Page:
Those questions are relatively easy to address. "How has ME affected me?" is another matter entirely.
Looking back on my long acquaintance with chronic illness (four of them as of this writing, but who's counting?) I have discovered that these illnesses have changed me - in some respects for the better. No, I am not one of those "glass-is-half-full" people (the glass, by the way, is entirely full; it is half full of water and half full of air). Nor do I experience "gratitude" on a daily basis. It's more a matter of perspective.
This is what I have learned:
1) Most things can be put off. The world seems to run on crises that are to a large extent manufactured. Most things can be delayed - or not done at all. Laundry, for example. And, apparently, my car inspection.
2) The world not only turns without you, it travels in the same ruts. When I got sick there was a war. Two years later, when I sat up and resumed reading the news, there was the same war. It was in a different location, but the basic features were the same: Bombs. Death. Incomprehensible politics.
3) Lots of things aren't important - especially things you might have been doing for the wrong reasons. When I contracted ME I was finishing my PhD. At the time, I thought it was important, and the reasons I had for wanting a career in academia seemed to make sense: "Long vacations," "Academic departments are hiring women," "All the other kids on the block have one." The reasons that weren't on my list were: "I like academia," "I like talking with academics," "I am committed to my field of study." It turns out I really don't like close contact with people who think they are saying something meaningful when they are just blathering.
4) People say stupid things all the time, and it doesn't matter. When I first became severely ill, a friend said, "Are you working out?" I confess that at the time I wanted to kill him. (That was a job later performed by excess amounts of alcohol.) And when my daughter contracted ME, another friend said she was just "imitating" me to "get attention." Were those awful things to say? Yes. But people routinely say awful, stupid things, and most of the time they aren't even aware of how awful and stupid they are. That's because they are awfully stupid. You can't fix stupid. But you can ignore it.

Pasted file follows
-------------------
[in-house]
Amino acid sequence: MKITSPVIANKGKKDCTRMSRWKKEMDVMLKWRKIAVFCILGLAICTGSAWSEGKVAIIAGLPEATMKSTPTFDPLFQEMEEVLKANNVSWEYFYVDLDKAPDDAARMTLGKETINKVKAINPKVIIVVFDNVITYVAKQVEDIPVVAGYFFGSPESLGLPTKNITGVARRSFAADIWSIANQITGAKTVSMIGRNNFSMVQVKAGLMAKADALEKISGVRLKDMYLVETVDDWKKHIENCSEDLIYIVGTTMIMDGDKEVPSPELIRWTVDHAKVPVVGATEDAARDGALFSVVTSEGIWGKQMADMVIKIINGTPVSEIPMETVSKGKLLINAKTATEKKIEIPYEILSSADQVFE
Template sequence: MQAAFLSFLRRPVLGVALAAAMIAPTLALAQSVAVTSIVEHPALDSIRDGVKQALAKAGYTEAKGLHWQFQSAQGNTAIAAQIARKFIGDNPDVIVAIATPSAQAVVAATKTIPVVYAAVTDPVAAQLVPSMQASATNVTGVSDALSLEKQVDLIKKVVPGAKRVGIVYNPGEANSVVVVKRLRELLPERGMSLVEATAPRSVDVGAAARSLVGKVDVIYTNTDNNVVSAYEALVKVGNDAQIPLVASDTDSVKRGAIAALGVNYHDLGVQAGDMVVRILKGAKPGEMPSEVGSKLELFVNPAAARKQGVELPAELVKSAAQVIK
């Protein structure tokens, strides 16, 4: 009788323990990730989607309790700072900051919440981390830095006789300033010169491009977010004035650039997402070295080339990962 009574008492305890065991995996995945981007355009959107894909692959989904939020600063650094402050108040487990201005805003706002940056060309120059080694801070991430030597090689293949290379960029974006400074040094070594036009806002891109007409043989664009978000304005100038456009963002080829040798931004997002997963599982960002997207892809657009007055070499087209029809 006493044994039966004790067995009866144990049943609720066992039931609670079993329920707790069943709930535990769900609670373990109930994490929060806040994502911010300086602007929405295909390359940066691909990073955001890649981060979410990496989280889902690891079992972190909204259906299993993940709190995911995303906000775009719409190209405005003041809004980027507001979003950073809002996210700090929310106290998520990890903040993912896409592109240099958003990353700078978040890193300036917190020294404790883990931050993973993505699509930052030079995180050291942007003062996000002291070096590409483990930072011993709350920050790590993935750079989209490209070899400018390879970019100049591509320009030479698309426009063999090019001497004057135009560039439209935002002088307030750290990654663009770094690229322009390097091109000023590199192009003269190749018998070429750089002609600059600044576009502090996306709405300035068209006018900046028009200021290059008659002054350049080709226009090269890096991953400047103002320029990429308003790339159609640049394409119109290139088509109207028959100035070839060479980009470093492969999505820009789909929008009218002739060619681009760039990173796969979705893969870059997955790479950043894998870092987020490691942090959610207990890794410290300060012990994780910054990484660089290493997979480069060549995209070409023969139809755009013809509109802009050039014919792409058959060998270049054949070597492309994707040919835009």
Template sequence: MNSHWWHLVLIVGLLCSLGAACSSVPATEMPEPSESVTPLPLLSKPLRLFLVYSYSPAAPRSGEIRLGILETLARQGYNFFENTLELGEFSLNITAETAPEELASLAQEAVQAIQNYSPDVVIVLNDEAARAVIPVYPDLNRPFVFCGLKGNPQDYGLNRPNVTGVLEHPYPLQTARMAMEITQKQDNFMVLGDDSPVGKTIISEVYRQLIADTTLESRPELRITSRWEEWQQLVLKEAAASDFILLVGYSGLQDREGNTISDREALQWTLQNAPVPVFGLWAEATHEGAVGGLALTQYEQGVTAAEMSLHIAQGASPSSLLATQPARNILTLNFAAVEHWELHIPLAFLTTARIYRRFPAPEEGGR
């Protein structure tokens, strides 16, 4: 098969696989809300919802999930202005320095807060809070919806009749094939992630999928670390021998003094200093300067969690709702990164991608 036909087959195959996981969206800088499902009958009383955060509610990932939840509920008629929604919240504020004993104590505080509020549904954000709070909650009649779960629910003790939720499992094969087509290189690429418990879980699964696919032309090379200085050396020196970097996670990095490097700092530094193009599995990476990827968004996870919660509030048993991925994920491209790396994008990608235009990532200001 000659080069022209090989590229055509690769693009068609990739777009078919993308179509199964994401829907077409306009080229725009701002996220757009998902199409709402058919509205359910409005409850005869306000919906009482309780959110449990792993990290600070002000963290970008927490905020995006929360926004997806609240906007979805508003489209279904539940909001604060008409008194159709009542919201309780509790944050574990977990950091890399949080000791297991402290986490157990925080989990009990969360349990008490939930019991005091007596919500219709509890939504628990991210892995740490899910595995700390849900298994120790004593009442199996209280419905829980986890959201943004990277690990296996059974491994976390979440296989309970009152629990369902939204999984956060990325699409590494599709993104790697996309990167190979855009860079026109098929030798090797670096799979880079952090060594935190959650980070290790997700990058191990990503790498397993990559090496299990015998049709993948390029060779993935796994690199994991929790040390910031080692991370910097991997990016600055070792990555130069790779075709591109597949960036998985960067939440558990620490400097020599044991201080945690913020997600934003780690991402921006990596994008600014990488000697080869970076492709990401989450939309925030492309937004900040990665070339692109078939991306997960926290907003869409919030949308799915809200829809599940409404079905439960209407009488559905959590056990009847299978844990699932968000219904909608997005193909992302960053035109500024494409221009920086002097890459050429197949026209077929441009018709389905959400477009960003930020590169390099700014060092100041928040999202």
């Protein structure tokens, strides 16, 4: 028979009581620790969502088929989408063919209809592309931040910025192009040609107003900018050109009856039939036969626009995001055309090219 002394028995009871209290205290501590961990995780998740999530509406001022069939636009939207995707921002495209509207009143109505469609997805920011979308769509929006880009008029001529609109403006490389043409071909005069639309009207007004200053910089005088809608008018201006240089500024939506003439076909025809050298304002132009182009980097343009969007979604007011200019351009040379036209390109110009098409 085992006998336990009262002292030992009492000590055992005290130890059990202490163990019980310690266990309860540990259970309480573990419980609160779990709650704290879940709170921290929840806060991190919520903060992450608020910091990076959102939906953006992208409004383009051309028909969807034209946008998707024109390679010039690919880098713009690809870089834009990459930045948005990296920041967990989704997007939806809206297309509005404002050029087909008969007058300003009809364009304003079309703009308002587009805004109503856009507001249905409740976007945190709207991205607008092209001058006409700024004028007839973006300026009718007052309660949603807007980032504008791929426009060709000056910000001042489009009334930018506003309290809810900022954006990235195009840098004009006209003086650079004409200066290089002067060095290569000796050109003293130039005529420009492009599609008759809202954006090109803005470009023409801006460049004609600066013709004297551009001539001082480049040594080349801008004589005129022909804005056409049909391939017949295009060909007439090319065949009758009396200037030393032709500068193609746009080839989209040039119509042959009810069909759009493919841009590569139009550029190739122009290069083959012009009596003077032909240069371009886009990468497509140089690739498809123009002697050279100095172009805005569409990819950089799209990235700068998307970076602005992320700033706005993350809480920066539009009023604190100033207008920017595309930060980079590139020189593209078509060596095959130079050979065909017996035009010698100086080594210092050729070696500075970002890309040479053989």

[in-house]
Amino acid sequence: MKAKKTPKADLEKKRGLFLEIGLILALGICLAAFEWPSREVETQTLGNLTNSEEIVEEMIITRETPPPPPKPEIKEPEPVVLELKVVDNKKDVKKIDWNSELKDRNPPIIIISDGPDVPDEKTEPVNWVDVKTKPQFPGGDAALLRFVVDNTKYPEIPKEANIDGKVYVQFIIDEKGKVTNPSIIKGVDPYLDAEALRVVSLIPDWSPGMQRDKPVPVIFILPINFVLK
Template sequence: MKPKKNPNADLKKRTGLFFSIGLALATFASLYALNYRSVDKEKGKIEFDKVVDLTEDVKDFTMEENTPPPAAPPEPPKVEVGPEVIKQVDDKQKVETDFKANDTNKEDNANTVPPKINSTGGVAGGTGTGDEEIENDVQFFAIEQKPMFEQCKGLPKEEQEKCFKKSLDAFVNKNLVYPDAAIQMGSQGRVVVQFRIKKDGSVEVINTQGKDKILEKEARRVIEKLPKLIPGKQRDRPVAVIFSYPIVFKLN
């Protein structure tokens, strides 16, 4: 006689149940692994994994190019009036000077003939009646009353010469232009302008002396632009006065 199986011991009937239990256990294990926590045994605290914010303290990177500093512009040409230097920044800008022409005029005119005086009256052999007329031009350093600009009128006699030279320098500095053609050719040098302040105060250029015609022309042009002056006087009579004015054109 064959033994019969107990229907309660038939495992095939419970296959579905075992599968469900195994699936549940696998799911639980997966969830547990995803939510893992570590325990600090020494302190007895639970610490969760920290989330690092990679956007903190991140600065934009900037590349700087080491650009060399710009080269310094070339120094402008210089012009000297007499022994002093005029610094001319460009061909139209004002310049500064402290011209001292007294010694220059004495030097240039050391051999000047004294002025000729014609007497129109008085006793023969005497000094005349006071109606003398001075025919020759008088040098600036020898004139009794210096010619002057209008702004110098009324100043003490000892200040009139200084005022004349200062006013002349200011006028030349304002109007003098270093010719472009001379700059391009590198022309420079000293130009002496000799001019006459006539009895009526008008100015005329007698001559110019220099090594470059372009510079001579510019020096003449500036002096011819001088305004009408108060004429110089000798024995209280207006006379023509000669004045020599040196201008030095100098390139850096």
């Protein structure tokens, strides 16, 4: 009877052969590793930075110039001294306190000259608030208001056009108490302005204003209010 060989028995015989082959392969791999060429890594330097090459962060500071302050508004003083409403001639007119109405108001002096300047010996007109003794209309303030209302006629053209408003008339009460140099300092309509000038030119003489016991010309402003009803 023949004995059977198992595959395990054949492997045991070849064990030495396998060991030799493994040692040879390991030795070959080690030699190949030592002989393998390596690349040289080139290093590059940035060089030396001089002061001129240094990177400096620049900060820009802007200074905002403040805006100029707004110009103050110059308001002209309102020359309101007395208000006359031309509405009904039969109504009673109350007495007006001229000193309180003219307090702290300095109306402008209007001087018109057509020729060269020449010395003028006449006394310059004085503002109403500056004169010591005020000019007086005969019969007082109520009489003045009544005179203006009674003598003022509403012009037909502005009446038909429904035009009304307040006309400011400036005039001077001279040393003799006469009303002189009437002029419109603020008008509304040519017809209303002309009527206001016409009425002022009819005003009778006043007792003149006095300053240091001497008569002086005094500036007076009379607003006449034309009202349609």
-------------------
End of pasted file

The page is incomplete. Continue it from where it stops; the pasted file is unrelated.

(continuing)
5) Doctors don't know jack about the human body, and I don't need to tell them that. At first I wanted help from doctors. Then I realized they didn't know more about what was going on inside me than I did. What was more, they didn't seem to care. So, I began telling them they were full of crap. As the years wore on, I gradually became aware that I was not going to educate doctors - they are, as a profession, unteachable. I now know that GPs are nothing more than glorified drug dealers. So, I only go to one when I need a fix. If I need more than that, I'll go to a vet. (When your patients can't talk, you really have to listen.)
6) Illness doesn't happen for a reason. There is no grand plan, and God gives you plenty you can't handle. (I don't believe in God, but aside from that there is an obvious flaw in that statement: suicide.) There is no path, and we are not on a "journey." I didn't like metaphors when I was studying them, and I like them even less now. If you want to make a comparison, give me a good honest simile.
7) I breathe therefore I am. There is nothing that anybody can do to me that is worse than what I have already experienced. No matter how much weird stuff goes on inside my body, and no matter how many doctors dismiss me, no matter how many government agencies refuse to do a damn thing to stem the tide of what is surely an epidemic, no matter how many friends abandon me, no matter how many jobs I have lost, and no matter how many years I have spent lying in bed wishing it were over, I am still here. True courage is simply this: We are alive. And as long as we are alive, we must persevere.